On the other side are those who have the feeling that their spiritual family extends little beyond the parameters of their own denomination. Believers outside that denomination are viewed with suspicion at best, or even as non-Christian or apostate at worst. “The church” has become synonymous with the denominational name, not the body of Christ. To these, the command to love the brethren has taken on a very narrow meaning–certainly more narrow than what biblical teaching would allow.
Others of us come from independent churches who are not loyal to a single denomination, nevertheless we sometimes have some distinct boundaries of fellowship which can be even more restrictive. Those boundaries might not extend much beyond a small circle of “believe-alikes.” By this term I mean just that. These not only believe alike on essential tenets of doctrine, but in almost every other way as well. Definite measures are taken to ensure that the circle will not be penetrated or expanded. True brotherly love is reserved mostly for that small circle of “believe-alikes.” This is all fine and well if this narrow definition of the word ‘brother’ is supported by Scripture. Let’s take a look!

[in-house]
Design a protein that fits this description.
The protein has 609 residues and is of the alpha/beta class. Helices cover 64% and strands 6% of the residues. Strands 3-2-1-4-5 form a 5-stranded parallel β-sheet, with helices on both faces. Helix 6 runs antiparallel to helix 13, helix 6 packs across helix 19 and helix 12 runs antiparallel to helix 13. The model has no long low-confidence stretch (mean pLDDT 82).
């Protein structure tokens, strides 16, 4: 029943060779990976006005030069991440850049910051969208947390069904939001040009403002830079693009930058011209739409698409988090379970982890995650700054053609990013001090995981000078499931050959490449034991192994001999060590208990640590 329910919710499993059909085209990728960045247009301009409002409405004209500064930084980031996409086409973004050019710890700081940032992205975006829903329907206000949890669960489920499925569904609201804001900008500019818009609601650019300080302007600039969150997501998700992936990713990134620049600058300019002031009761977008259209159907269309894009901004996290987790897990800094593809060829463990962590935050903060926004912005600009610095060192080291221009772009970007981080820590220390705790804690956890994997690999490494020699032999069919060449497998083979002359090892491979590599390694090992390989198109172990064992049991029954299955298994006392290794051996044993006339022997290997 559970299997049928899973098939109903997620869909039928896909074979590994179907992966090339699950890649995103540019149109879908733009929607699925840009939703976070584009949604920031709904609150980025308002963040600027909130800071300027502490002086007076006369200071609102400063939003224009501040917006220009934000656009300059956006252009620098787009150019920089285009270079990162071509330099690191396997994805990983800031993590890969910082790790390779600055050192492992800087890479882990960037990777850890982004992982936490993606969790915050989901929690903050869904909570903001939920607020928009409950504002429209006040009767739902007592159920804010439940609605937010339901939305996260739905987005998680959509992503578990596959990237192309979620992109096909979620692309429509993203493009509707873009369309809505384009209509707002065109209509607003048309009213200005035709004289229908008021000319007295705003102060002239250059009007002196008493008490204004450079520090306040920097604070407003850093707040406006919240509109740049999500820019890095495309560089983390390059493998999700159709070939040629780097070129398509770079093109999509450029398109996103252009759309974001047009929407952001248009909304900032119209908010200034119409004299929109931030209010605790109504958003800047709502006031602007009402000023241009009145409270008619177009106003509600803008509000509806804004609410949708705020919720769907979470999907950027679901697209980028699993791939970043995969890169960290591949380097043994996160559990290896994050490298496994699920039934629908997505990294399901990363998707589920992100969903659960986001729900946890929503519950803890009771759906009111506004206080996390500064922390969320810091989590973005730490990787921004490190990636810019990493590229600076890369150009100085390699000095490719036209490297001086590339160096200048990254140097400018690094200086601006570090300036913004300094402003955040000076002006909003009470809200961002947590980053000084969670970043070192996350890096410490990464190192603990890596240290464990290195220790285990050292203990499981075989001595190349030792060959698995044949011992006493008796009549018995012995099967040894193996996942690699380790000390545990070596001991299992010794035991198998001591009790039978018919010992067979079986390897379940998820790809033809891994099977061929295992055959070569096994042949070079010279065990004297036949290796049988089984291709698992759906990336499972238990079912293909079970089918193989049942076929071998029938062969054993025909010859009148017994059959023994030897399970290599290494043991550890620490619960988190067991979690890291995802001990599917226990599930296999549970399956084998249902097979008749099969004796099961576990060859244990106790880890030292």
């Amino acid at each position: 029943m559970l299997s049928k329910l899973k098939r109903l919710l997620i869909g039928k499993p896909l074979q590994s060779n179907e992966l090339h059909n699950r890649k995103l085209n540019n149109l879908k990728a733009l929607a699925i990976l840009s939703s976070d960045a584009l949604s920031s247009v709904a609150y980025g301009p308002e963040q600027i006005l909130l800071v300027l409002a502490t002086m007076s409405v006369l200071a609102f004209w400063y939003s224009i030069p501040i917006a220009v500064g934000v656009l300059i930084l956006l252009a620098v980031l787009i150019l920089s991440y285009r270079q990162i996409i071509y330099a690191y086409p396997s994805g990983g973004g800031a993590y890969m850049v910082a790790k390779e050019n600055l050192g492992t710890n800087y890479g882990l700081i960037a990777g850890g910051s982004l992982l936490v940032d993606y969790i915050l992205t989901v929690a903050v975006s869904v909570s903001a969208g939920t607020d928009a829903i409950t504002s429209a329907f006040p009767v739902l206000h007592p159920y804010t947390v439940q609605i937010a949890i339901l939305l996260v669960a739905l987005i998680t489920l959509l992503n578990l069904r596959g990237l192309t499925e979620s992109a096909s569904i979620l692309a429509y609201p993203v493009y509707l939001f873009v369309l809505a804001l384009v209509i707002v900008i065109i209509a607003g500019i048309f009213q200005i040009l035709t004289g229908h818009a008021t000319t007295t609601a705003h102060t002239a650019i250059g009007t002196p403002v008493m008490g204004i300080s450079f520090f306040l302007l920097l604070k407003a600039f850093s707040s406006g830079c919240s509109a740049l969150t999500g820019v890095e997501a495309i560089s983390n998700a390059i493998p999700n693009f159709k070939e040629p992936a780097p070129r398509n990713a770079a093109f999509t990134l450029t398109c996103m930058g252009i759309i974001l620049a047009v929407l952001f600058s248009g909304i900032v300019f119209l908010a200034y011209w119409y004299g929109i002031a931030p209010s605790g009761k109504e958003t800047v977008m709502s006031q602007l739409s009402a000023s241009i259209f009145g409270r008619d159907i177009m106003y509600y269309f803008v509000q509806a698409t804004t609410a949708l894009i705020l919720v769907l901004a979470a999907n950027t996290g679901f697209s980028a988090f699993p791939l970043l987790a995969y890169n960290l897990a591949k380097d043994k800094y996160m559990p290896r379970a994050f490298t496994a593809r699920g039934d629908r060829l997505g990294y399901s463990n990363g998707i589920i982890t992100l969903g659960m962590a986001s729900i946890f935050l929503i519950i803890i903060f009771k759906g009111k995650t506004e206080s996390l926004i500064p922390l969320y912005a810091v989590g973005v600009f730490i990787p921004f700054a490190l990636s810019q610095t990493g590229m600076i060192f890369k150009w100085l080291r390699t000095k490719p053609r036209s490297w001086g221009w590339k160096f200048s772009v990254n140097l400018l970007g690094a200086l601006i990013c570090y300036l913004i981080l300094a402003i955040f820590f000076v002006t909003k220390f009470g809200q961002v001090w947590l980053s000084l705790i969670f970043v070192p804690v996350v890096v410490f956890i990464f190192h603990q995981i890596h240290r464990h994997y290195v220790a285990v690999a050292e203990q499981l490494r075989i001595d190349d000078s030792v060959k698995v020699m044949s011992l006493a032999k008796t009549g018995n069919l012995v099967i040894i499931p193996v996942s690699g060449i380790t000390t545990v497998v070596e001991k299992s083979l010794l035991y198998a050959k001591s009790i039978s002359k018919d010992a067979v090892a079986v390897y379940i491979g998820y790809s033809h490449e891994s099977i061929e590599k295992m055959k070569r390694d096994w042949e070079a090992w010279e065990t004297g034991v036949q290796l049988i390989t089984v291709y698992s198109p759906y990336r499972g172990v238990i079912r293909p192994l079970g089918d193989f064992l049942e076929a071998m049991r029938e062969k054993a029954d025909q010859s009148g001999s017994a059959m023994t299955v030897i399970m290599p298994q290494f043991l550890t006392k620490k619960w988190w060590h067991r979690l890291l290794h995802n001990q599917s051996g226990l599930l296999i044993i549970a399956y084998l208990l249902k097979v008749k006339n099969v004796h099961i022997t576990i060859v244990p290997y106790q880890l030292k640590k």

It is certainly true that God’s Word is restrictive concerning those who should be taken into the fellowship of believers. There are at least eight New Testament passages that clearly teach the exclusion from fellowship of certain “brethren” whose lives do not match their profession. God is very jealous of His name. Some of those issues that disqualify a man from taking the name of Christian brother are: fornication, covetousness, idolatry, drunkenness, railing, or extortion. (I Cor. 11) He also is to be excluded if he is one to harp upon nonessentials or untestable controversial issues which cause envy, strife, railings, and evil surmisings. Ouch!! ( I Tim 6:3-5) Other causes for exclusion are disorderly conduct, causing division, and the promulgation of heresy.